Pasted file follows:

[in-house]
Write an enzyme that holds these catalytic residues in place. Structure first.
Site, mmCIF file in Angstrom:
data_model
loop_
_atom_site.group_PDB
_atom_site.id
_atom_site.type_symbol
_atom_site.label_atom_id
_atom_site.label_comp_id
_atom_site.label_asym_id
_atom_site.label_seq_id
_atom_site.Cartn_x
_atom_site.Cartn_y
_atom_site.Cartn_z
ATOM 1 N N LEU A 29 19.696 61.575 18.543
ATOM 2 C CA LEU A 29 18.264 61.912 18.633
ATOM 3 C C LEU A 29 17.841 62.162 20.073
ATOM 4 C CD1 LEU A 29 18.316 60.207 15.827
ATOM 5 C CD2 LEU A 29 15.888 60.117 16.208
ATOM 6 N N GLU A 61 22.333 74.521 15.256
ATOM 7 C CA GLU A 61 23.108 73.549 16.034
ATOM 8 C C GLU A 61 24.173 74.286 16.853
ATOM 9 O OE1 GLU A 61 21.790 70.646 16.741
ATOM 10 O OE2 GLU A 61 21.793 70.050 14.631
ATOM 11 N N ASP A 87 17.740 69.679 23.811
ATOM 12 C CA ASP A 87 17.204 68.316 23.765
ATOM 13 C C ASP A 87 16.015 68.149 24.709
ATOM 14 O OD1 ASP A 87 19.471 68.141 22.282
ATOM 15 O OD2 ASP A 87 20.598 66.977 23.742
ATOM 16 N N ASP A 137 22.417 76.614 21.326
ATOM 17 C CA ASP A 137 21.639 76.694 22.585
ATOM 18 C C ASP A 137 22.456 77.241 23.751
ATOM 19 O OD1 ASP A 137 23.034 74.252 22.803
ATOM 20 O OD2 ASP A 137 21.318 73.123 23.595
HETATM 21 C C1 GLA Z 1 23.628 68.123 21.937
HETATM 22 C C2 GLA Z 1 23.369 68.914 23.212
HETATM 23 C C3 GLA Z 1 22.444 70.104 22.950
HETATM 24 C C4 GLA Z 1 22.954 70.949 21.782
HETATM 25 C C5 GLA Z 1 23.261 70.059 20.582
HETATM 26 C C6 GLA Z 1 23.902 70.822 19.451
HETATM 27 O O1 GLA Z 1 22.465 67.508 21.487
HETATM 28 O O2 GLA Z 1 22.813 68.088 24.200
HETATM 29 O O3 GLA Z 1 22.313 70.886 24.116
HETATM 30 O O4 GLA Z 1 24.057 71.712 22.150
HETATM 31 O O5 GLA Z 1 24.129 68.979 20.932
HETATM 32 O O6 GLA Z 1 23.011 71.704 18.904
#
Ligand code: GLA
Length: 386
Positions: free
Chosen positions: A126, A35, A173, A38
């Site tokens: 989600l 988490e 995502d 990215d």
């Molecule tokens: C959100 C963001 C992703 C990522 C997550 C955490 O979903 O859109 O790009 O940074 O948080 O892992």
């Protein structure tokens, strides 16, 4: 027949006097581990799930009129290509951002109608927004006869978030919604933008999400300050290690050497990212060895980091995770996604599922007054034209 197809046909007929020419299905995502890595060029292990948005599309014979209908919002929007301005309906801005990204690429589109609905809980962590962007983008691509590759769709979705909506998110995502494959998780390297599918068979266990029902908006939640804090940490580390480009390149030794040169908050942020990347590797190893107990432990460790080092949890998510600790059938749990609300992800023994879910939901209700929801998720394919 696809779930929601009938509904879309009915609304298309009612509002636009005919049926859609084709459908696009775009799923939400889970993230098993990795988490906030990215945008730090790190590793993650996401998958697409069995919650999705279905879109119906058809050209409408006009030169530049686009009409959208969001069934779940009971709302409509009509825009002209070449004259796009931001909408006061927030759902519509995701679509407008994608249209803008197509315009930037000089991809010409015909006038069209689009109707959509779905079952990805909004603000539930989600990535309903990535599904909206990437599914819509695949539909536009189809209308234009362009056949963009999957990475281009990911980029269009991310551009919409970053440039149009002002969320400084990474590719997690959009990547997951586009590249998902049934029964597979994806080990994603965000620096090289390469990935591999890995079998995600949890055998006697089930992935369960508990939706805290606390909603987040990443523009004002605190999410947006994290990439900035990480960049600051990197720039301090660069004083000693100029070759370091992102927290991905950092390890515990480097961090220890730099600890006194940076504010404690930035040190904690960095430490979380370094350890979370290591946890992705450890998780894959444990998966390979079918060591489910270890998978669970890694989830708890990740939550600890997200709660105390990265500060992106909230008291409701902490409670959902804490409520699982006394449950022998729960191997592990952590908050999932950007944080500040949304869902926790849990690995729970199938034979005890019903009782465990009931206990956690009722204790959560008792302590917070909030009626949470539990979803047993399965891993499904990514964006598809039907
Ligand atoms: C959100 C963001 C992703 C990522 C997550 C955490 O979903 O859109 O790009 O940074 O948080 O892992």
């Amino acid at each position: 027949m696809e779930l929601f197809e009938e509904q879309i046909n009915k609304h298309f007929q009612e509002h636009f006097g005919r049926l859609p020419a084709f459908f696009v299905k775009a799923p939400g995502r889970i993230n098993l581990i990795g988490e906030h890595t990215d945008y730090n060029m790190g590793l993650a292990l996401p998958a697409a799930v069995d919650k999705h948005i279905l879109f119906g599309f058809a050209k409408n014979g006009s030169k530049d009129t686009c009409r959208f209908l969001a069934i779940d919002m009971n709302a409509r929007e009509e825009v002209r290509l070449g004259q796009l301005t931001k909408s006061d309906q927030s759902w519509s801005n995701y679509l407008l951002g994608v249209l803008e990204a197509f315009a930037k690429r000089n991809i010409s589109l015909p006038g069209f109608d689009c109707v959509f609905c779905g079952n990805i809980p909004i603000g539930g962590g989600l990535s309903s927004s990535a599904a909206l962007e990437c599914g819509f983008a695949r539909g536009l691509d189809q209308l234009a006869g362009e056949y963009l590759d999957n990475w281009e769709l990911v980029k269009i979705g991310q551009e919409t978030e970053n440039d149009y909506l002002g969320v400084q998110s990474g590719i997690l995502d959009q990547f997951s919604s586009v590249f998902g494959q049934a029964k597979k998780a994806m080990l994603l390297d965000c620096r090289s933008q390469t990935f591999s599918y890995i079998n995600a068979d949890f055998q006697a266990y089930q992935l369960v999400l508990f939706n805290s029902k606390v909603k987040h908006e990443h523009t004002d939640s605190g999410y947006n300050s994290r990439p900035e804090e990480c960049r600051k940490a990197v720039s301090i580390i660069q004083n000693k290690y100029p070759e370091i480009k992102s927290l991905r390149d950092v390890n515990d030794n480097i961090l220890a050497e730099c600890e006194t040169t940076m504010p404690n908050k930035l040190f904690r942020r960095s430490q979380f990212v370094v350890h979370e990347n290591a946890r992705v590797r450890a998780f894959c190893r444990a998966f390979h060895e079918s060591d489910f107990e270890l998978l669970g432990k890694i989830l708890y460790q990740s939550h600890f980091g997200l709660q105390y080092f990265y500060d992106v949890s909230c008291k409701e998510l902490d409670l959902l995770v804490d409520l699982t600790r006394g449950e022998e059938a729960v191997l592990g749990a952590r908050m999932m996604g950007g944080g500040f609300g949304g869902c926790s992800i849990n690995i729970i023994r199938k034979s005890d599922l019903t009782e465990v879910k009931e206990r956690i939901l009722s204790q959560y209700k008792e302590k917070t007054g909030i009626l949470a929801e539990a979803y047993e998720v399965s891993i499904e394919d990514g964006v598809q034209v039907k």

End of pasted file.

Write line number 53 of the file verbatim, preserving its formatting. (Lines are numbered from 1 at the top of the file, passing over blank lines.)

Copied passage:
């Site tokens: 989600l 988490e 995502d 990215d």